When I first saw this challenge I immediately thought of a great restaurant in Baltimore, MD called Salt Tavern. They serve this sinfully delicious appetizer - duck fat french fries with three aiolis for dipping: chipotle, malt vinegar, and black truffle. I immediately knew I would have to try my hand at reproducing this dish at home.
The duck fat fries recipe comes from a conglomeration of sources online and basically uses the two part cooking technique that produces the most crisp french fries, whether or not you are using duck fat. If you can't find duck fat locally, you can purchase it online at D'artagnan.
The aioli recipe uses a modified base provided in Food52's aioli primer and adds the three flavors that Salt Tavern serves. This method works really well because you can create one basic aioli and add a few ingredients to make three separate dipping sauces! - meganvt01 —meganvt01
Test Kitchen Notes
I love the double fry technique and being fried in rich, luscious duck fat certainly doesn't hurt. The sprinkling of parsley and garlic was a nice touch. The recipe gives you three dipping sauces for the price of one. The aioli came together beautifully and each of the three flavors are wonderful in their own way. I'll have to admit I am always partial to the combination of fries and malt vinegar and loved using aioli as the vehicle for the sour-salty combination. You may want to add the truffle oil to suit your tastes (without overwhelming your guests, of course.) - biffbourgeois —Stephanie Bourgeois
After your potatoes are cooled, cut them into fries - I like thick steak fries so you have lots of crispy exterior. Place the fries into a bowl of cool water for 5 minutes to remove some of the starch.
Take the fries from the water and blot them dry really well. Let the fries sit on a dry paper towels while you heat the fat.
Heat the duck fat in a large saucepan over medium high heat until the temperature reaches 330 degrees. Place the fries, one by one, into the oil. Maintain the heat and cook for 6 minutes until golden brown.
Remove the fries from the fat and allow them to rest for 10 minutes while you raise the heat of the fat to 360. Place the fries into the duck fat and cook for another 1 to 2 minutes or until the fries are crispy and dark golden brown.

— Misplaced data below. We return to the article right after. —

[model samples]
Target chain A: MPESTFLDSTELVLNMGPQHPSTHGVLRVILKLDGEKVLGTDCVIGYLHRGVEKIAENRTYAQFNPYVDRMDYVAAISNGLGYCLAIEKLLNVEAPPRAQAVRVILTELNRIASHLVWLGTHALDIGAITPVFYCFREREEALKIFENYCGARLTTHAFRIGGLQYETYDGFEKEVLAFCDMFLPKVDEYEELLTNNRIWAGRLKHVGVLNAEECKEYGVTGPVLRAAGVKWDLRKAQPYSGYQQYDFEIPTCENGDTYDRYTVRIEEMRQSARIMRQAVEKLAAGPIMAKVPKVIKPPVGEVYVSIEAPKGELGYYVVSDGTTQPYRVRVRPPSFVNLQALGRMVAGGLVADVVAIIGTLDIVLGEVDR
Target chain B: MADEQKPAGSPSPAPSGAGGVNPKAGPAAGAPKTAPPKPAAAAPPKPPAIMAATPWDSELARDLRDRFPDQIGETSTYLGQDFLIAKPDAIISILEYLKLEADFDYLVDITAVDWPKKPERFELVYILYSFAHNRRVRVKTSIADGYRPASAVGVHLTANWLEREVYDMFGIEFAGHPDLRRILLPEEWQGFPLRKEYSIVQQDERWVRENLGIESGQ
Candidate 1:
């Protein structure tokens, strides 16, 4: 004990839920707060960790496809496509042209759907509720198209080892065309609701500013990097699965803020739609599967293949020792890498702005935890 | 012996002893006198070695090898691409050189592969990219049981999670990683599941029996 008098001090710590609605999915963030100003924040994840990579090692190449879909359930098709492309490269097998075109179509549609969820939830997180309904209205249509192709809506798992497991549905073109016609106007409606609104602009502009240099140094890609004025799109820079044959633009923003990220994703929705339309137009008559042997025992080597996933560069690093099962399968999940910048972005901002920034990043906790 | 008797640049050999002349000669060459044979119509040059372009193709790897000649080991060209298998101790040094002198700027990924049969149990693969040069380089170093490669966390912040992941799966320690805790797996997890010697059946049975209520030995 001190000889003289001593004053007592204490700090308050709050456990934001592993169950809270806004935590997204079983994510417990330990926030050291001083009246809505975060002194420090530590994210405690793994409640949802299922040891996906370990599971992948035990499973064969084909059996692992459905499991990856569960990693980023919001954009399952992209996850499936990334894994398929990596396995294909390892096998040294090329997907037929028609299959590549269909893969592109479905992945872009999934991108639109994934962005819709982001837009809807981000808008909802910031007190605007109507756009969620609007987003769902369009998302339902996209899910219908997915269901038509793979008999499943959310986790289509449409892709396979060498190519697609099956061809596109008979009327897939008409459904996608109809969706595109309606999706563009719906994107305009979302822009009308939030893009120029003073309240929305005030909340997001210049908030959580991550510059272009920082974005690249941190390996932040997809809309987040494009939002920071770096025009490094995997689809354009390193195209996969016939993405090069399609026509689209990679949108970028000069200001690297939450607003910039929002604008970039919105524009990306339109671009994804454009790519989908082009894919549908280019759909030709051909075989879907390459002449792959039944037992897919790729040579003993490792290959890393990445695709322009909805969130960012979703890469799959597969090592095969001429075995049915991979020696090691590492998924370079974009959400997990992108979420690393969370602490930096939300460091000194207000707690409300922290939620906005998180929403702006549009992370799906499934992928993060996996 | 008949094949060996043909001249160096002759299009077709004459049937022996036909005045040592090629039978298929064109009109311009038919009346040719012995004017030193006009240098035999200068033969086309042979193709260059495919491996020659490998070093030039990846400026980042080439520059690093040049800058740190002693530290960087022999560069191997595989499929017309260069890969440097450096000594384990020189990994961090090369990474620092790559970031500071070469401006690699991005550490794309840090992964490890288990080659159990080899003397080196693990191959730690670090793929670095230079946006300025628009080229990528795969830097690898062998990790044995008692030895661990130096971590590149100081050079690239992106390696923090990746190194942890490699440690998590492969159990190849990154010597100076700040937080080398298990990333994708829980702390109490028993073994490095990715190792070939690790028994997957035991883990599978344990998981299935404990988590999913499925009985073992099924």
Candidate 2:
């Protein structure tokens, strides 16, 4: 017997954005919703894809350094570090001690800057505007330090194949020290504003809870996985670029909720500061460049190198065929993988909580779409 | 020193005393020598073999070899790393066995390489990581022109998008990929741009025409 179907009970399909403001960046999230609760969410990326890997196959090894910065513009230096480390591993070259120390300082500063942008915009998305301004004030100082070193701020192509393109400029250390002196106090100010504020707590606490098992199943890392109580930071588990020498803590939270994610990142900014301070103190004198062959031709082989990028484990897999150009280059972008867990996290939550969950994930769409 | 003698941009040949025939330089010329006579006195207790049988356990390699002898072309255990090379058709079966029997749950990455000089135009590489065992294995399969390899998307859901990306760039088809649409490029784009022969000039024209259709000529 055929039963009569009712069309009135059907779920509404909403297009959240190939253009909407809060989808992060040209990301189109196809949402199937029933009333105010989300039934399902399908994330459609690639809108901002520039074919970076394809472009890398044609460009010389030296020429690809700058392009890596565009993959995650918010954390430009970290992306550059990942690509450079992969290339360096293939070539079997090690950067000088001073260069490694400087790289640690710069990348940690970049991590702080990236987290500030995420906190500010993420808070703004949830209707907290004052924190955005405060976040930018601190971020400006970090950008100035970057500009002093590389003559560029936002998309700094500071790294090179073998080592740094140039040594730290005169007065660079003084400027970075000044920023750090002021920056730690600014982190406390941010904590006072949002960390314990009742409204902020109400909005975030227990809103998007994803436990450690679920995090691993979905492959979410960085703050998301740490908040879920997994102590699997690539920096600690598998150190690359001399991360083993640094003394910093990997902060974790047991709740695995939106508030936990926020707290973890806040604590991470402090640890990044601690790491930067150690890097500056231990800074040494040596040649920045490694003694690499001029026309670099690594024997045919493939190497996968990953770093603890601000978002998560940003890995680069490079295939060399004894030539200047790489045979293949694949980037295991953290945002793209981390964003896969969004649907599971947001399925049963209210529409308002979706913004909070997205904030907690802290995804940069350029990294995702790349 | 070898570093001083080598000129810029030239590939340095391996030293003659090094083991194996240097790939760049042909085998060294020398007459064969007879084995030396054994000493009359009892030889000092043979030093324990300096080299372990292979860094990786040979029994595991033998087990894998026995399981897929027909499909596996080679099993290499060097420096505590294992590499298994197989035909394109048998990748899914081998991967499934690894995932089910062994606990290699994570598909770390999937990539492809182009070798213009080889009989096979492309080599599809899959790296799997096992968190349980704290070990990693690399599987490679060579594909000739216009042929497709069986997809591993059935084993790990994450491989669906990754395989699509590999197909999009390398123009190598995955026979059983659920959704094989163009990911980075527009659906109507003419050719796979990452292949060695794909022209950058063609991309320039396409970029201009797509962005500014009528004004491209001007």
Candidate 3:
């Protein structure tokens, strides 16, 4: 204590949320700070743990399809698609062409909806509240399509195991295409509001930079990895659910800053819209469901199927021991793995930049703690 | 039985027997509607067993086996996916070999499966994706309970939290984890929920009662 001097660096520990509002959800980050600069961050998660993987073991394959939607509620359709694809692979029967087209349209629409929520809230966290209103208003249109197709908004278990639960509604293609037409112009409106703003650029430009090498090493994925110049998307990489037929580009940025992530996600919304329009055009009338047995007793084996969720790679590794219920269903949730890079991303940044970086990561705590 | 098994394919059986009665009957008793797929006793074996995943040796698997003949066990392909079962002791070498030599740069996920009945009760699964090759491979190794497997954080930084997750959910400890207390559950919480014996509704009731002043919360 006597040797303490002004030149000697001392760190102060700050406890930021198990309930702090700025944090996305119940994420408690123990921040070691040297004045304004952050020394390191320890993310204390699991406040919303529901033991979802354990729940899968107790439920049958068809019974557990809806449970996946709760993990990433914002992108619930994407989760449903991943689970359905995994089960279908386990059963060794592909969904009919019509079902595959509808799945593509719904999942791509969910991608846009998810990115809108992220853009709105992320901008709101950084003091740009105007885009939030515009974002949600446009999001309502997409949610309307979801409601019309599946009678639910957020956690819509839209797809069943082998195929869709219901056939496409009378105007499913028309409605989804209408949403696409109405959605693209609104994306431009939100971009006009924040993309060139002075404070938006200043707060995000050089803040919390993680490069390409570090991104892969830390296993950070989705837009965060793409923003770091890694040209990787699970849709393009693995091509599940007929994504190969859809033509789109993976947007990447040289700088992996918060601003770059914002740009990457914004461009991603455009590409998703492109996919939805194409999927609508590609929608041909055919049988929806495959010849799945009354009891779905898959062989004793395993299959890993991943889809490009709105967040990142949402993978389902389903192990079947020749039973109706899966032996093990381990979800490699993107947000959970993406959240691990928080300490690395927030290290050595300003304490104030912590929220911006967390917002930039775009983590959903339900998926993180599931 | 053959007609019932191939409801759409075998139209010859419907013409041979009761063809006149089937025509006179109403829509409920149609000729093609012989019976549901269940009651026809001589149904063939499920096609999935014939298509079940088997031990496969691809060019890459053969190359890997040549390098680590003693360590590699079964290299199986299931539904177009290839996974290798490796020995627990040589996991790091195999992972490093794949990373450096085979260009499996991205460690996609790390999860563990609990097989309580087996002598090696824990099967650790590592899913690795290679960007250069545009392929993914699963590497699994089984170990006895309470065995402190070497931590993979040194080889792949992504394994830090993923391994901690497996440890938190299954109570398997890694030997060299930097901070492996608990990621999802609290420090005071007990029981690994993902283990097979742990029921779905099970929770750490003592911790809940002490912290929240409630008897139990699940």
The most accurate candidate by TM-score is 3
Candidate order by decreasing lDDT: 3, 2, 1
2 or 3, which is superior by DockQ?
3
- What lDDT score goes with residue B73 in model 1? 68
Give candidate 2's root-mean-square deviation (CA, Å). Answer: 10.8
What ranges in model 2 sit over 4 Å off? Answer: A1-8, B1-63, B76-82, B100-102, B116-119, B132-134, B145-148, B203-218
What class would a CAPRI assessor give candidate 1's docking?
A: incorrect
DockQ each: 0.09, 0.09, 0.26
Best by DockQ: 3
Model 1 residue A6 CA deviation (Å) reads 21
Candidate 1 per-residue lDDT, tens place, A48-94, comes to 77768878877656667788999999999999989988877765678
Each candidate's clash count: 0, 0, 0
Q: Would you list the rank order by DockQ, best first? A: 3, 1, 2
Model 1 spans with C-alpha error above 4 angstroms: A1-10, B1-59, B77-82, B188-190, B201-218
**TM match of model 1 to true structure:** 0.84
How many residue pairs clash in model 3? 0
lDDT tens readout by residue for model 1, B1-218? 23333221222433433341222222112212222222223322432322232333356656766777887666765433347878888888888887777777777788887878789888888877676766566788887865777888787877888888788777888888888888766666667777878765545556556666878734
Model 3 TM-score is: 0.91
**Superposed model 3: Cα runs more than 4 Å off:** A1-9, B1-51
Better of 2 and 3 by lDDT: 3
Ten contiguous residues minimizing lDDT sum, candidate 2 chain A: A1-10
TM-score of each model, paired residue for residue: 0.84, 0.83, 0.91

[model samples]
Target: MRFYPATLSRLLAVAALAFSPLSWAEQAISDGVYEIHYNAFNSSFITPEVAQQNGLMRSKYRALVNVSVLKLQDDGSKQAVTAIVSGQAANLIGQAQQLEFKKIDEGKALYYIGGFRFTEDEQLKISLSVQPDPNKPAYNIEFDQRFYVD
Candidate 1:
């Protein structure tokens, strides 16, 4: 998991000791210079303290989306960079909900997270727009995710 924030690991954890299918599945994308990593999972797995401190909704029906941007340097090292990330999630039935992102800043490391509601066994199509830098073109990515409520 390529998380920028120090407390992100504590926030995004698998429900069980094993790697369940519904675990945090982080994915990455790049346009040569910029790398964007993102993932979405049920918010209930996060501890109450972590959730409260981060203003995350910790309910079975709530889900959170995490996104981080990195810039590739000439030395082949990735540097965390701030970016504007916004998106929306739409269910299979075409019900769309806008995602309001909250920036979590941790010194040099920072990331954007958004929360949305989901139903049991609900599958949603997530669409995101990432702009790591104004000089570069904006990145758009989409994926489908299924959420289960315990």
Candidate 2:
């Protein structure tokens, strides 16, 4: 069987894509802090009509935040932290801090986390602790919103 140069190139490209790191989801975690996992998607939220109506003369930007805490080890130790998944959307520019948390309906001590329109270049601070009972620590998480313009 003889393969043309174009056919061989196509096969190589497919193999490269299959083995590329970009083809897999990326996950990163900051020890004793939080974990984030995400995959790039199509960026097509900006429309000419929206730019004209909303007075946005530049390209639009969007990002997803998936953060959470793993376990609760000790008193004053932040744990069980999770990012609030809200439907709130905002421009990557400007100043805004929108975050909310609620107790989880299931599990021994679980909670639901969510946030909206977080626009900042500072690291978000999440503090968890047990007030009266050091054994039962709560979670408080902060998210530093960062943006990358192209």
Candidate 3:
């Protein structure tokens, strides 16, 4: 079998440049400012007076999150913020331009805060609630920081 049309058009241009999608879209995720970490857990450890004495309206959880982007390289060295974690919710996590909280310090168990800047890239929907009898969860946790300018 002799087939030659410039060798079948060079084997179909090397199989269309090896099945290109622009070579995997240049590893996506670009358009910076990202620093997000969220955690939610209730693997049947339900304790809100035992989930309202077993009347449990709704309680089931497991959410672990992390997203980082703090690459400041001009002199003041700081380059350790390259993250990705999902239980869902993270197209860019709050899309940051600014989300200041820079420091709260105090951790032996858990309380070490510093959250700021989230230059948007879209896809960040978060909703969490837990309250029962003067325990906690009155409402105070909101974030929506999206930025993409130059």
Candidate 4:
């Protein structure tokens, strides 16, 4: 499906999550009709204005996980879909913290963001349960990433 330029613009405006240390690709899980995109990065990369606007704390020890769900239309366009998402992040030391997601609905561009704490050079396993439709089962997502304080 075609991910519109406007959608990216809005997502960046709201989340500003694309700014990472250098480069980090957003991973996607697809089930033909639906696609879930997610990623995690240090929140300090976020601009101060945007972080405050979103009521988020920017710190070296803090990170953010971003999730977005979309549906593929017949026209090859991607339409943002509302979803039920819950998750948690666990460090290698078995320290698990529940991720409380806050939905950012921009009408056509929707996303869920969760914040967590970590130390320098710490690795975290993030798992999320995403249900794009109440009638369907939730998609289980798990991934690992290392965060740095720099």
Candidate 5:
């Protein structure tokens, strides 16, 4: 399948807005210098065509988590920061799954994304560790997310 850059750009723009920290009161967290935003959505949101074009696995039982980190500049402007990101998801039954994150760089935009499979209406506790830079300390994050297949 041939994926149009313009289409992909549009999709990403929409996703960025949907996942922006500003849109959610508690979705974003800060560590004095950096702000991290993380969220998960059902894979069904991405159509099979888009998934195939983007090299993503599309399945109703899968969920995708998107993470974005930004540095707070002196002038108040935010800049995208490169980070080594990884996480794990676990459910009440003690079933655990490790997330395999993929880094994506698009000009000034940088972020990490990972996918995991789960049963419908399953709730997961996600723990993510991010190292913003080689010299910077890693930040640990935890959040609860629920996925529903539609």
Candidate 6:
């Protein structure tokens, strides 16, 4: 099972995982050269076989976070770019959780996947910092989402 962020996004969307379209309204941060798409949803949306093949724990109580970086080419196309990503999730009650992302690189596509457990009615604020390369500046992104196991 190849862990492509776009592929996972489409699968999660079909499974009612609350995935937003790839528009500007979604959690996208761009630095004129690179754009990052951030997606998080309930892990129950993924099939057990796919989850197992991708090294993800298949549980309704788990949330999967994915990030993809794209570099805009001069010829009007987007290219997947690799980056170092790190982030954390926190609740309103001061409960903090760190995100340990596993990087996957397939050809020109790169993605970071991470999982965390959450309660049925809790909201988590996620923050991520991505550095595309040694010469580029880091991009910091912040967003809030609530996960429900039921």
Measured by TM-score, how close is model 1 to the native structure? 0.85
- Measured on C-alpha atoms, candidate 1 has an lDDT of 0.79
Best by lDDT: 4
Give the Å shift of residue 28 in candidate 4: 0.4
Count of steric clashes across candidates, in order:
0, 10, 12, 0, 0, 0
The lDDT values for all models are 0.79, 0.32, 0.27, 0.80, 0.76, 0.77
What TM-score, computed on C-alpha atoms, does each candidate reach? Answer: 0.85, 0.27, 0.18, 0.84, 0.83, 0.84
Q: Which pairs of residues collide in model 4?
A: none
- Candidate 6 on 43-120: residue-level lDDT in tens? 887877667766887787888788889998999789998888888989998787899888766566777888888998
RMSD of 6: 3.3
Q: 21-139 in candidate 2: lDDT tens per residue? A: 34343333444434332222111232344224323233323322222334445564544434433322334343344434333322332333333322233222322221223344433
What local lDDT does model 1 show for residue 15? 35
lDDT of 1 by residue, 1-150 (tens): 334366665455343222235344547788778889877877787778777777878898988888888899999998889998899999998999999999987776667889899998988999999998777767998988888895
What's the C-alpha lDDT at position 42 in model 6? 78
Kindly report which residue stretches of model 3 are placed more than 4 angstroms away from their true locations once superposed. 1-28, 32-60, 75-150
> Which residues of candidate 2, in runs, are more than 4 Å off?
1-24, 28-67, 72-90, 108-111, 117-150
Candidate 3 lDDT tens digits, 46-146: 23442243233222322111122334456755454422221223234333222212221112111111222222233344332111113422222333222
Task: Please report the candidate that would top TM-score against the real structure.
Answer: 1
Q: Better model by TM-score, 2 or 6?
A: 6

Immediately after removing the fries, season liberally with salt and pepper and sprinkle over the garlic and parsley.
Using a mortar and pestle, grind the salt into the garlic cloves until the garlic is finely mashed and the salt is combined.
Place the garlic and salt into a medium bowl and whisk in egg yolks and lemon juice. Slowly add the canola oil, a few drops at a time until the mixture starts to hold together. Then drizzle in the remaining canola oil whisking constantly.
Add the olive oil using the same slow drizzle and constant whisking method. Just a word of caution - after making a few batches I realized that how big the egg yolks are makes a difference in the volume of oil you can incorporate and reach a particular consistency. Here, just use your best cook judgement and stop when you get to a good thick mayo-like consistency.
After the aioli base is together, separate the base into three separate small bowls. In one bowl, whisk in the chipotle. In the other bowl, whisk in the malt vinegar. In the final bowl, slowly whisk in the black truffle oil. Taste each for seasoning.
After spending years in school while working full time, I'm happy to finally have my evenings pursuing my other passion, cooking! I have a 4 year old boy and a husband that are both adventurous eaters and supportive tasters. I spend a good bit of my vacation travel preparation researching local and regional foods and my friends all make fun of my food obsession.
I've always been pretty confident with my techniques cooking from recipes but I am enjoying Food52's challenge of putting those techniques to work for my own versions of my favorite foods. I love to learn and the group of people that contribute to this site are a great resource.
As an Annapolis native, I love to cook with our local produce and seafood whenever possible. I try to support our community of fisherman, farmers, other food producers and chefs as much as possible.